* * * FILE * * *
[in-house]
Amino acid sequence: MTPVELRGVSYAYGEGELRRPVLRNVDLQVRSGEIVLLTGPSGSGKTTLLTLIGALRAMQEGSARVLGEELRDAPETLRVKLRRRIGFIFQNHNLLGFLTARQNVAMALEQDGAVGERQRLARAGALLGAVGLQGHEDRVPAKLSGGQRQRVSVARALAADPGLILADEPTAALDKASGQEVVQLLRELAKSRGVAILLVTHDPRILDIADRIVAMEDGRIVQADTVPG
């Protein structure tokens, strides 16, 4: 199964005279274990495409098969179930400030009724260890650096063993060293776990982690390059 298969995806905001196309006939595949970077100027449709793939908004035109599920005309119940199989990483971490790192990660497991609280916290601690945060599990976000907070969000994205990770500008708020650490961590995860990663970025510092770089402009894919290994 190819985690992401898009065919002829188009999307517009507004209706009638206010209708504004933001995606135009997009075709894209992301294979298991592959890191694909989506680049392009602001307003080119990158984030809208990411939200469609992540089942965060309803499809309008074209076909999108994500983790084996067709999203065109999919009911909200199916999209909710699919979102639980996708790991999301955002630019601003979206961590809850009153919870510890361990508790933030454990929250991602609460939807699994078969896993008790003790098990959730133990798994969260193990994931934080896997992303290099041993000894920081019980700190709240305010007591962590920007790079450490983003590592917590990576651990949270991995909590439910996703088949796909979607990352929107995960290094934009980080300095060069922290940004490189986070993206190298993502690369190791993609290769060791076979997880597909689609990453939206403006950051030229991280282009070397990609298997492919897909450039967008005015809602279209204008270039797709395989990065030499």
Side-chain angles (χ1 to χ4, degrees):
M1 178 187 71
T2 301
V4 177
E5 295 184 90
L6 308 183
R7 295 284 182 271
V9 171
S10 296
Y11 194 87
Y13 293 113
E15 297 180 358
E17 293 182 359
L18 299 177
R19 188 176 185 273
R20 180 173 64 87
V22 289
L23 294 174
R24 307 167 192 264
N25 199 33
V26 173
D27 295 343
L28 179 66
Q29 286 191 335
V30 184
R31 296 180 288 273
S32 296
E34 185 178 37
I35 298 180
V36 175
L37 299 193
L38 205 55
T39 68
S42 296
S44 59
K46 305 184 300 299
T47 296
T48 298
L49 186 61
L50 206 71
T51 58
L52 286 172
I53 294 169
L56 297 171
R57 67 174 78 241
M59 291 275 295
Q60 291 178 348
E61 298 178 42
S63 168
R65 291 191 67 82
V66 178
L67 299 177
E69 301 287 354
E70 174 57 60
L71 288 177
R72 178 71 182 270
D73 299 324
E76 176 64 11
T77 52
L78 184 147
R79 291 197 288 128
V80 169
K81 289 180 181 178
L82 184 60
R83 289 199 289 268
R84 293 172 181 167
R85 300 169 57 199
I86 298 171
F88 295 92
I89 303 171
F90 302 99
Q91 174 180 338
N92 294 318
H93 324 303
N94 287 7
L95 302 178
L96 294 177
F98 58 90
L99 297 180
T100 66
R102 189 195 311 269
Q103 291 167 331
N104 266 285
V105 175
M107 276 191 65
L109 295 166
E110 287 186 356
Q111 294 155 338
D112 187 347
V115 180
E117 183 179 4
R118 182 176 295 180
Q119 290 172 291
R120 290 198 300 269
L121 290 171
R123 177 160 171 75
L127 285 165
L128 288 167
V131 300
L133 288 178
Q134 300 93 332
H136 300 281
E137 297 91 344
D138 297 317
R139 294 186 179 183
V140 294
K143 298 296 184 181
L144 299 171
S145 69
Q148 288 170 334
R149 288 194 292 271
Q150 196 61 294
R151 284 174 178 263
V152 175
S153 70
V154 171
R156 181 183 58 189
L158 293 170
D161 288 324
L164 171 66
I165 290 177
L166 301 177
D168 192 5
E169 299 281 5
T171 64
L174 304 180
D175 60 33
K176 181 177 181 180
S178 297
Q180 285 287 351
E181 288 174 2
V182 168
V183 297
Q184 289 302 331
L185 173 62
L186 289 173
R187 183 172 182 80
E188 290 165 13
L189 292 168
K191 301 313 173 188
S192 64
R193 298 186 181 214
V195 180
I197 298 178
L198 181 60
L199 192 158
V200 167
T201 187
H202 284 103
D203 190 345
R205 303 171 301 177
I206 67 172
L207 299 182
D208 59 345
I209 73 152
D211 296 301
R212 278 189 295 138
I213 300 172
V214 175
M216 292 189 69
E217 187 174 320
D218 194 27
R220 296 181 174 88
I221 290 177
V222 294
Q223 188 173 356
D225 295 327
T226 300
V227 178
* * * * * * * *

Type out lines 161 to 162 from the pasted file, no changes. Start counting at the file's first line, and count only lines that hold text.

I213 300 172
V214 175